The Importance of a Pollinator-Friendly Garden and How Boric Acid Can Help•
Posted on February 28 2018
Most people wouldn't think twice about applying pesticides to their garden when the plants aren't being produced for consumption.
After all, as long as you aren't planning to eat what you're growing, it shouldn't matter what you apply to keep pests away, as long as they help your plants thrive.
This explains the popularity of toxic pesticides like sprays and granular varieties aimed at killing ants, beetles, and other insects that prey on plants, even when they are harmful for human consumption.
This doesn't take into account another, unintended consequences of insecticide application in home gardens—these products repel pollinators.
Today we're going to discuss why it's important for your garden to be an inviting place for pollinators and what you can use instead of insecticides to keep harmful insects away without also deterring insects like bees and butterflies.
What is a Pollinator and Why Are They Important to Plant Health?
Pollination is a unique process in which animals help a plant reproduce by carrying pollen from the male part of a flower, the stamen, to the female part of the same or a different flower, the pistil.
When animals, mainly birds, and insects feed on the nectar of the flower, they pick up pollen and transport it to the next flower that they encounter, allowing plants to reproduce.
When you think of the term "pollinator," you probably think of the most common—bees, butterflies, and hummingbirds, but there is a list of lesser-known pollinators as well: wasps, flies, moths, beetles and larger animals like bats, squirrels, rodents and even gecko.
Put simply, to discourage pollinators from your garden is to lose a percentage of your plant population each year.
When plants aren't reproducing, they don't repopulate year-to-year.
This means you will have to spend more money on new plants every year - even with perennials to a degree.
The Dos and Don'ts of Encouraging Pollinators
Encouraging pollinators to make a home in your garden may seem as simple as paying attention to what products you're using on your soil and on your plants.
DO Use a Natural Insect Repellent
Most chemical pesticides and insecticides don't discriminate, so there's no chance that you'll find an inorganic product that, say, doesn't kill/harm honeybees but harms Japanese beetles or other plant-eating pests.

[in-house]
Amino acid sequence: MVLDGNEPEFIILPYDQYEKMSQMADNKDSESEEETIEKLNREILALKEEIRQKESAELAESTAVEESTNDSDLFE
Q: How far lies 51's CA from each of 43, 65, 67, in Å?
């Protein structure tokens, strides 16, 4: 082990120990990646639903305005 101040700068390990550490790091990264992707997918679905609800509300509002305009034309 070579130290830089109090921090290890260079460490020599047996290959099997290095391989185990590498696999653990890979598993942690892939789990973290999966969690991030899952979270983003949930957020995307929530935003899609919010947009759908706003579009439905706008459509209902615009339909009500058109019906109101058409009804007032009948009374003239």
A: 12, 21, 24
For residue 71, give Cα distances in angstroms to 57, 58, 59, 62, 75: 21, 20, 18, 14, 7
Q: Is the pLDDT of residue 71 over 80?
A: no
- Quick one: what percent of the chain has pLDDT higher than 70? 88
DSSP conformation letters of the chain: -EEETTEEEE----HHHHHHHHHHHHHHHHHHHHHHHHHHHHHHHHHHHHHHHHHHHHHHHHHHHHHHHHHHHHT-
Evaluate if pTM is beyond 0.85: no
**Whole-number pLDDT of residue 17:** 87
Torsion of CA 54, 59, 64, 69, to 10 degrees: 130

For this reason, using a natural insect repellent, in your garden, is best.
DO Use a Natural, Water Soluble Fertilizer
Some fertilizers can also turn away insects and other animals looking to cross-pollinate your plants, so it's important to use fertilizers and nutrient additives that are easy on all living creatures, not just plants.
DON'T Use Harsh Chemicals in Your Garden
When you don't use an eco-friendly fertilizer or insecticide, you risk harming more than just the insect and animal population around your garden.
Chemical insecticides can leach nutrients out of the soil. Chemical fertilizers can do more harm than good.
There are several other ways to encourage pollinators to visit the flowers and plants in your garden. To read more about it, continue here.
How to Improve Soil Quality and Keep Insects Away
By now you've probably assumed that there's just no way to manage your soil's nutrient content and your garden's insect population without using harmful chemicals. Luckily, there are solutions to both these issues.
First, there are plenty of options in the way of eco-friendly fertilizers on the market that won't harm your garden's appeal to pollinators.
You just need to ensure that the product you’re using is natural and pure.
The issue of repelling harmful insects while keeping the beneficial ones around is a bit more complicated.
The solution? Natural, water-soluble Boric Acid.
Boric Acid is a natural product that when diluted can provide twofold benefits, both to your insect population and the nutrient-rich quality of your soil.
- Diluted Boric Acid is effective as a natural insect repellent. It keeps grubs and beetles away from the leaves and the soil without repelling bees, butterflies and other pollinators from the flowers of your plants.
- Boric Acid is also an effective water-soluble fertilizer. The nutritional need that plants have for Boric Acid is extremely small, but when deficient, it is easy to see. Diluting Boric Acid to a very low concentration and applying to plants will make a visible difference.
Our Boric Acid is 100% water soluble and 99% pure, delivered from organic Boron – purchase your own, today!
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